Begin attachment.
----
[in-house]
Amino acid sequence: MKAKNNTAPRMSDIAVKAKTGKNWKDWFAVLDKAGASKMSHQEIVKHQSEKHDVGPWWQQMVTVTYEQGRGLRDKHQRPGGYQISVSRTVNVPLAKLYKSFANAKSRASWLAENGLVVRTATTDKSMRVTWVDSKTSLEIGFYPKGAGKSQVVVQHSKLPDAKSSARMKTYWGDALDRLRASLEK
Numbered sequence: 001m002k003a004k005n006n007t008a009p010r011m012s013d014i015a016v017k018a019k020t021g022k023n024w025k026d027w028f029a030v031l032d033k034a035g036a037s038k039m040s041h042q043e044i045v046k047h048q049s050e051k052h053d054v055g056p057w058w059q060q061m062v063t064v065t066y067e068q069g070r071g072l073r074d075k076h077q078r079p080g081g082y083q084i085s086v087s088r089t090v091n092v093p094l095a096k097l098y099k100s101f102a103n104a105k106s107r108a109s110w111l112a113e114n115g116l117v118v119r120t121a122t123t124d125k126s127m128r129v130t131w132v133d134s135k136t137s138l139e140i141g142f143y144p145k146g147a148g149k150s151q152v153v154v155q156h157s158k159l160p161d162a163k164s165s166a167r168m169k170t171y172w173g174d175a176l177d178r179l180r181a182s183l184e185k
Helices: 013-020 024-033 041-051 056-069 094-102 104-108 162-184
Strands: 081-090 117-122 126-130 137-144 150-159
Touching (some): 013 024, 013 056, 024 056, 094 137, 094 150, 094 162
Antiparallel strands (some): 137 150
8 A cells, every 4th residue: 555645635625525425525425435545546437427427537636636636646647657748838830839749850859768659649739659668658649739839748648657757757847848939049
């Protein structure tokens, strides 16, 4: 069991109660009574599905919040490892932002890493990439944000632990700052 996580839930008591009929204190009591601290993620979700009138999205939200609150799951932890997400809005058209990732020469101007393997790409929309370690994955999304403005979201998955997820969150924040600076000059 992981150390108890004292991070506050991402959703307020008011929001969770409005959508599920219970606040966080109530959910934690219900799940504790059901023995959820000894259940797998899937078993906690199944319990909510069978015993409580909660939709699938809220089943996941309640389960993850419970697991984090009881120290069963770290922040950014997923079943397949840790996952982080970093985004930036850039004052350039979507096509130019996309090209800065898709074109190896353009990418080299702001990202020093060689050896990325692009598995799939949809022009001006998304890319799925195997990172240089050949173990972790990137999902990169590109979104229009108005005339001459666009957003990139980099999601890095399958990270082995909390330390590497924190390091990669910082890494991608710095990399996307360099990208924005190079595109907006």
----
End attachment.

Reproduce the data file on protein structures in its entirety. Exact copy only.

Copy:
[in-house]
Amino acid sequence: MKAKNNTAPRMSDIAVKAKTGKNWKDWFAVLDKAGASKMSHQEIVKHQSEKHDVGPWWQQMVTVTYEQGRGLRDKHQRPGGYQISVSRTVNVPLAKLYKSFANAKSRASWLAENGLVVRTATTDKSMRVTWVDSKTSLEIGFYPKGAGKSQVVVQHSKLPDAKSSARMKTYWGDALDRLRASLEK
Numbered sequence: 001m002k003a004k005n006n007t008a009p010r011m012s013d014i015a016v017k018a019k020t021g022k023n024w025k026d027w028f029a030v031l032d033k034a035g036a037s038k039m040s041h042q043e044i045v046k047h048q049s050e051k052h053d054v055g056p057w058w059q060q061m062v063t064v065t066y067e068q069g070r071g072l073r074d075k076h077q078r079p080g081g082y083q084i085s086v087s088r089t090v091n092v093p094l095a096k097l098y099k100s101f102a103n104a105k106s107r108a109s110w111l112a113e114n115g116l117v118v119r120t121a122t123t124d125k126s127m128r129v130t131w132v133d134s135k136t137s138l139e140i141g142f143y144p145k146g147a148g149k150s151q152v153v154v155q156h157s158k159l160p161d162a163k164s165s166a167r168m169k170t171y172w173g174d175a176l177d178r179l180r181a182s183l184e185k
Helices: 013-020 024-033 041-051 056-069 094-102 104-108 162-184
Strands: 081-090 117-122 126-130 137-144 150-159
Touching (some): 013 024, 013 056, 024 056, 094 137, 094 150, 094 162
Antiparallel strands (some): 137 150
8 A cells, every 4th residue: 555645635625525425525425435545546437427427537636636636646647657748838830839749850859768659649739659668658649739839748648657757757847848939049
């Protein structure tokens, strides 16, 4: 069991109660009574599905919040490892932002890493990439944000632990700052 996580839930008591009929204190009591601290993620979700009138999205939200609150799951932890997400809005058209990732020469101007393997790409929309370690994955999304403005979201998955997820969150924040600076000059 992981150390108890004292991070506050991402959703307020008011929001969770409005959508599920219970606040966080109530959910934690219900799940504790059901023995959820000894259940797998899937078993906690199944319990909510069978015993409580909660939709699938809220089943996941309640389960993850419970697991984090009881120290069963770290922040950014997923079943397949840790996952982080970093985004930036850039004052350039979507096509130019996309090209800065898709074109190896353009990418080299702001990202020093060689050896990325692009598995799939949809022009001006998304890319799925195997990172240089050949173990972790990137999902990169590109979104229009108005005339001459666009957003990139980099999601890095399958990270082995909390330390590497924190390091990669910082890494991608710095990399996307360099990208924005190079595109907006």